The NCAA released a statement today concerning Cam Newton's eligibility. He is eligible to play, has been eligible for the whole season, and will be available for the SEC Championship this weekend.
First, the verdict:
Auburn University football student-athlete Cam Newton is immediately eligible to compete, according to a decision today by the NCAA student-athlete reinstatement staff. The NCAA concluded on Monday that a violation of amateurism rules occurred, therefore Auburn University declared the student-athlete ineligible yesterday for violations of NCAA amateurism rules.
When a school discovers an NCAA rules violation has occurred, it must declare the student-athlete ineligible and may request the student-athlete's eligibility be reinstated. Reinstatement decisions are made by the NCAA national office staff and can include conditions such as withholding from competition and repayment of extra benefits. Newton was reinstated without any conditions.
It is surprising that the news of him being ruled ineligible on Tuesday by Auburn wasn't leaked, especially given the history of this case. The NCAA quickly ruled on the school's request for him to be reinstated, most likely because of the important game this weekend.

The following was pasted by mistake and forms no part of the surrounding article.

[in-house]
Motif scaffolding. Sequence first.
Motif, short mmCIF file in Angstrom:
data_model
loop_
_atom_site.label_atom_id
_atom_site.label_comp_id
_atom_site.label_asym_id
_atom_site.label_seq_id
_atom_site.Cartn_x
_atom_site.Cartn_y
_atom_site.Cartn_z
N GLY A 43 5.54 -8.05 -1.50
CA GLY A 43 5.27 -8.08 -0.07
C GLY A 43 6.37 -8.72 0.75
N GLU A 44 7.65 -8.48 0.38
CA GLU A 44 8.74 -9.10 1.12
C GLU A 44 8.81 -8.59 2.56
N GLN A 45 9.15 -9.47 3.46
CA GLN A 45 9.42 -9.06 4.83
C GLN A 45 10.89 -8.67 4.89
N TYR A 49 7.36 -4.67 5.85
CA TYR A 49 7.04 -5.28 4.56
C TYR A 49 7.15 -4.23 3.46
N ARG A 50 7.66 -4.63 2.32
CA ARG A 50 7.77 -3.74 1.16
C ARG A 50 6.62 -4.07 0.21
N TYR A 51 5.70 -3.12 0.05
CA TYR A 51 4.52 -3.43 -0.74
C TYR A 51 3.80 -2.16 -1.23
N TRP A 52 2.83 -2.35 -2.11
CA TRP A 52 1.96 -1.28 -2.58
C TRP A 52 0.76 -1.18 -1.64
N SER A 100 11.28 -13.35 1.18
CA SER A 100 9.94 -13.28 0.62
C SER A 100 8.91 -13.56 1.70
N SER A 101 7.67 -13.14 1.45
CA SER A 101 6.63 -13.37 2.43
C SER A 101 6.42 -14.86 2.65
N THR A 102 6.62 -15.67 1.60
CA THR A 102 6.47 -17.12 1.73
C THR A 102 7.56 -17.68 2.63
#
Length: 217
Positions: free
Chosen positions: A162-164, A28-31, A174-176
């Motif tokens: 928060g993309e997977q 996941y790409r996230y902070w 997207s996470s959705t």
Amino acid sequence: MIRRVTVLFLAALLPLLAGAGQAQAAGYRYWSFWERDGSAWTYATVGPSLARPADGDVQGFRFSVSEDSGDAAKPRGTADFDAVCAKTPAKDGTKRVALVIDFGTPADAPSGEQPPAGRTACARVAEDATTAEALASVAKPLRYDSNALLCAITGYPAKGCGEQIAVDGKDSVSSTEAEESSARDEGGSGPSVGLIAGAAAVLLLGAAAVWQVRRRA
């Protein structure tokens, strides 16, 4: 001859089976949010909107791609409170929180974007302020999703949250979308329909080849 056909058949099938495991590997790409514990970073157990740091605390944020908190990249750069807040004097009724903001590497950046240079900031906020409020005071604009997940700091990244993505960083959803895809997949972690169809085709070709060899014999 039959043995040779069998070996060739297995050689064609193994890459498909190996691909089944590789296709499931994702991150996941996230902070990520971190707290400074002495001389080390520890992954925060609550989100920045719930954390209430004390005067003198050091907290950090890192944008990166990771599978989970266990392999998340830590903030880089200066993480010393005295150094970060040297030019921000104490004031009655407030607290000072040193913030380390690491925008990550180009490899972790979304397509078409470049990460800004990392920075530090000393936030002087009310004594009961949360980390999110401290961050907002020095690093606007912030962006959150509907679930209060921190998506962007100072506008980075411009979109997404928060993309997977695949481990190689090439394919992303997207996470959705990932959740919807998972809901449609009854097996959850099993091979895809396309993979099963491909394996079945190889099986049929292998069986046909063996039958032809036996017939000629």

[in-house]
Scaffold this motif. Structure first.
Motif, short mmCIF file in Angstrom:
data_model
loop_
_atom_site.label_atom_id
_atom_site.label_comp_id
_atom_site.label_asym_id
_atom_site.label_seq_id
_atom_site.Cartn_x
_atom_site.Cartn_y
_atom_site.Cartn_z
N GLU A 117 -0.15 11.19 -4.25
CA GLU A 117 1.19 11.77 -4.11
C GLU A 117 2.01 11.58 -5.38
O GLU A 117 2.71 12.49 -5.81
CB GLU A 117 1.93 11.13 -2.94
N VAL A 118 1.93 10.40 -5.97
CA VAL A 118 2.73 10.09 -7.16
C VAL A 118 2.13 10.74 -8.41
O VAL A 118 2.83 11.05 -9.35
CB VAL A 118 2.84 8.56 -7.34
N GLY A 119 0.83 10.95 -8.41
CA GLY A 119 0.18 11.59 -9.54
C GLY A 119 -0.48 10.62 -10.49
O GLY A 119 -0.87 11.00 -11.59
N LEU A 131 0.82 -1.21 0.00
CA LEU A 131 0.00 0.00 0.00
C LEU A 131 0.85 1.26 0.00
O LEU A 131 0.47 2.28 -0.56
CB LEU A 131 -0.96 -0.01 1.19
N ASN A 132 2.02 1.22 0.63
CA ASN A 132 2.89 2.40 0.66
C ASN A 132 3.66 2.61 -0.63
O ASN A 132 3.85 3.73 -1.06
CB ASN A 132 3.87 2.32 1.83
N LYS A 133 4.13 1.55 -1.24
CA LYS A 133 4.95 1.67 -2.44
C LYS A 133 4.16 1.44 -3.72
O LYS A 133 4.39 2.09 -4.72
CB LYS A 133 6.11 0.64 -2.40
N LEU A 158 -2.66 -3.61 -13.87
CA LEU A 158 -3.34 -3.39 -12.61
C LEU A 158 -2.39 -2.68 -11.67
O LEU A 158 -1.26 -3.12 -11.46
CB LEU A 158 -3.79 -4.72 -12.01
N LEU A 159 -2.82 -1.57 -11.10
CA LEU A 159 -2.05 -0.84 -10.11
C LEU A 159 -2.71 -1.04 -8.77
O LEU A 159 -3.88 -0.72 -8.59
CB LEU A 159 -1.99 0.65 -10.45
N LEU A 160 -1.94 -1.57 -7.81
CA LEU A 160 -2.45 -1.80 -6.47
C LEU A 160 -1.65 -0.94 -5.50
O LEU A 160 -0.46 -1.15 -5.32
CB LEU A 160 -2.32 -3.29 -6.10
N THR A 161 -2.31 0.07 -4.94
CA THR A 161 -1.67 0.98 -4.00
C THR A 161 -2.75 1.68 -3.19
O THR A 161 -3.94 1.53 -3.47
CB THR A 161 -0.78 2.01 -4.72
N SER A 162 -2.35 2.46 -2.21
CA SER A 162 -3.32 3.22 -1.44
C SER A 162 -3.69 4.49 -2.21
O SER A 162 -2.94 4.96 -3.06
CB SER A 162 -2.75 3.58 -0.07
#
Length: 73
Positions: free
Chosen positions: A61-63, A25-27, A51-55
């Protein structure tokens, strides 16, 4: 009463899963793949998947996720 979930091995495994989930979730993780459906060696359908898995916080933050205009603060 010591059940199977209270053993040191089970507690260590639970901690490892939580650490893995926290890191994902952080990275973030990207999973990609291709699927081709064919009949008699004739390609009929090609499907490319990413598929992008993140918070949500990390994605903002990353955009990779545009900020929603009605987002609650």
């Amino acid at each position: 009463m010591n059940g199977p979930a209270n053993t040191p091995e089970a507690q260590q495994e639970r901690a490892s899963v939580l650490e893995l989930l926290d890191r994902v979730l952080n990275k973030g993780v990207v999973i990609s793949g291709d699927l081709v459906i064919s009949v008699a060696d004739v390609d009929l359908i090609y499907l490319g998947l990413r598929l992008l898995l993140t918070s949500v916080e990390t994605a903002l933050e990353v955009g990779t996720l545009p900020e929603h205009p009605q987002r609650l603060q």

Both parties, Auburn and the NCAA, agree that "the student-athlete’s father and an owner of a scouting service worked together to actively market the student-athlete as a part of a pay-for-play scenario in return for Newton’s commitment to attend college and play football."
Auburn has limited the access of Cecil Newton, Cam's father, and Mississippi has completely dissociated itself from him as well.
Most notably in the release, the NCAA says that "the student-athlete has not participated while ineligible." Sorry Georgia fans, but Auburn's win was legal as of now.
In determining how a violation impacts a student-athlete’s eligibility, we must consider the young person’s responsibility. Based on the information available to the reinstatement staff at this time, we do not have sufficient evidence that Cam Newton or anyone from Auburn was aware of this activity, which led to his reinstatement.
The release does not completely close the investigation though, and leaves loopholes if more information comes to light. But for now, this seems to have been taken care of.
One thought on this ruling: the NCAA is saying that because Cam didn't know, he has done no wrongdoing and is eligible. Does that mean in the future representatives (family, boosters, etc.) can shop players, just as long as they don't tell the athlete?